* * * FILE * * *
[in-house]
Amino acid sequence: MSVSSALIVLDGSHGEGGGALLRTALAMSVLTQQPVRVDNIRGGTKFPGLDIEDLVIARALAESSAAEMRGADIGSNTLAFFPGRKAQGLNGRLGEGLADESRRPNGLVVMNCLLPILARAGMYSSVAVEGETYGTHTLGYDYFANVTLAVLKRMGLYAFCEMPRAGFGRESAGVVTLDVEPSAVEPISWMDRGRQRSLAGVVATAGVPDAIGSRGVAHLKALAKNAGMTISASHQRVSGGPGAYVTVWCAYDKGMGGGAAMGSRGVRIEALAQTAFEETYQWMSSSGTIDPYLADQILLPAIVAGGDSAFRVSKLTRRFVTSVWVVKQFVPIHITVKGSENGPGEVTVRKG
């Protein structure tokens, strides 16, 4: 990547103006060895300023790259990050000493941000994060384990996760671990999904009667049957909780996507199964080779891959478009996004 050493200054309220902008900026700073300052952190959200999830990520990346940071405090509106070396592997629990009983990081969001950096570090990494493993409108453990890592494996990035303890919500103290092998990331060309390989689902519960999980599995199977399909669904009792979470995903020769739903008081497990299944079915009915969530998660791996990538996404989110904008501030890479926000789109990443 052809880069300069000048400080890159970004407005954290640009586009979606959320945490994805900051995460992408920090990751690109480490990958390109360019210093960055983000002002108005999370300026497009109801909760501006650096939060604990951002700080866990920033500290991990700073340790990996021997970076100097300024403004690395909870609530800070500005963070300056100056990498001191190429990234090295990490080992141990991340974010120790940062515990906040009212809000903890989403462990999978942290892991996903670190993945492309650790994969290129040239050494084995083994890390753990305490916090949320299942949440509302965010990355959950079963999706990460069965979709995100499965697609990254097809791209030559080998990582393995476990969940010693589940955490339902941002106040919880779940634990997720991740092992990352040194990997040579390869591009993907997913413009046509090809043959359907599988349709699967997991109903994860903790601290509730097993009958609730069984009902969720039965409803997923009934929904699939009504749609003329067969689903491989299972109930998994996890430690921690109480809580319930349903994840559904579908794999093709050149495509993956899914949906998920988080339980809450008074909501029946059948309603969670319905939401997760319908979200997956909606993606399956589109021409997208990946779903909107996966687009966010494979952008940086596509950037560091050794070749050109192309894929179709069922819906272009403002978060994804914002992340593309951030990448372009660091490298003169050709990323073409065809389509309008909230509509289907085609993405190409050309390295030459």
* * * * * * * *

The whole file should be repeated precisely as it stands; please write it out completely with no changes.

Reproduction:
[in-house]
Amino acid sequence: MSVSSALIVLDGSHGEGGGALLRTALAMSVLTQQPVRVDNIRGGTKFPGLDIEDLVIARALAESSAAEMRGADIGSNTLAFFPGRKAQGLNGRLGEGLADESRRPNGLVVMNCLLPILARAGMYSSVAVEGETYGTHTLGYDYFANVTLAVLKRMGLYAFCEMPRAGFGRESAGVVTLDVEPSAVEPISWMDRGRQRSLAGVVATAGVPDAIGSRGVAHLKALAKNAGMTISASHQRVSGGPGAYVTVWCAYDKGMGGGAAMGSRGVRIEALAQTAFEETYQWMSSSGTIDPYLADQILLPAIVAGGDSAFRVSKLTRRFVTSVWVVKQFVPIHITVKGSENGPGEVTVRKG
């Protein structure tokens, strides 16, 4: 990547103006060895300023790259990050000493941000994060384990996760671990999904009667049957909780996507199964080779891959478009996004 050493200054309220902008900026700073300052952190959200999830990520990346940071405090509106070396592997629990009983990081969001950096570090990494493993409108453990890592494996990035303890919500103290092998990331060309390989689902519960999980599995199977399909669904009792979470995903020769739903008081497990299944079915009915969530998660791996990538996404989110904008501030890479926000789109990443 052809880069300069000048400080890159970004407005954290640009586009979606959320945490994805900051995460992408920090990751690109480490990958390109360019210093960055983000002002108005999370300026497009109801909760501006650096939060604990951002700080866990920033500290991990700073340790990996021997970076100097300024403004690395909870609530800070500005963070300056100056990498001191190429990234090295990490080992141990991340974010120790940062515990906040009212809000903890989403462990999978942290892991996903670190993945492309650790994969290129040239050494084995083994890390753990305490916090949320299942949440509302965010990355959950079963999706990460069965979709995100499965697609990254097809791209030559080998990582393995476990969940010693589940955490339902941002106040919880779940634990997720991740092992990352040194990997040579390869591009993907997913413009046509090809043959359907599988349709699967997991109903994860903790601290509730097993009958609730069984009902969720039965409803997923009934929904699939009504749609003329067969689903491989299972109930998994996890430690921690109480809580319930349903994840559904579908794999093709050149495509993956899914949906998920988080339980809450008074909501029946059948309603969670319905939401997760319908979200997956909606993606399956589109021409997208990946779903909107996966687009966010494979952008940086596509950037560091050794070749050109192309894929179709069922819906272009403002978060994804914002992340593309951030990448372009660091490298003169050709990323073409065809389509309008909230509509289907085609993405190409050309390295030459």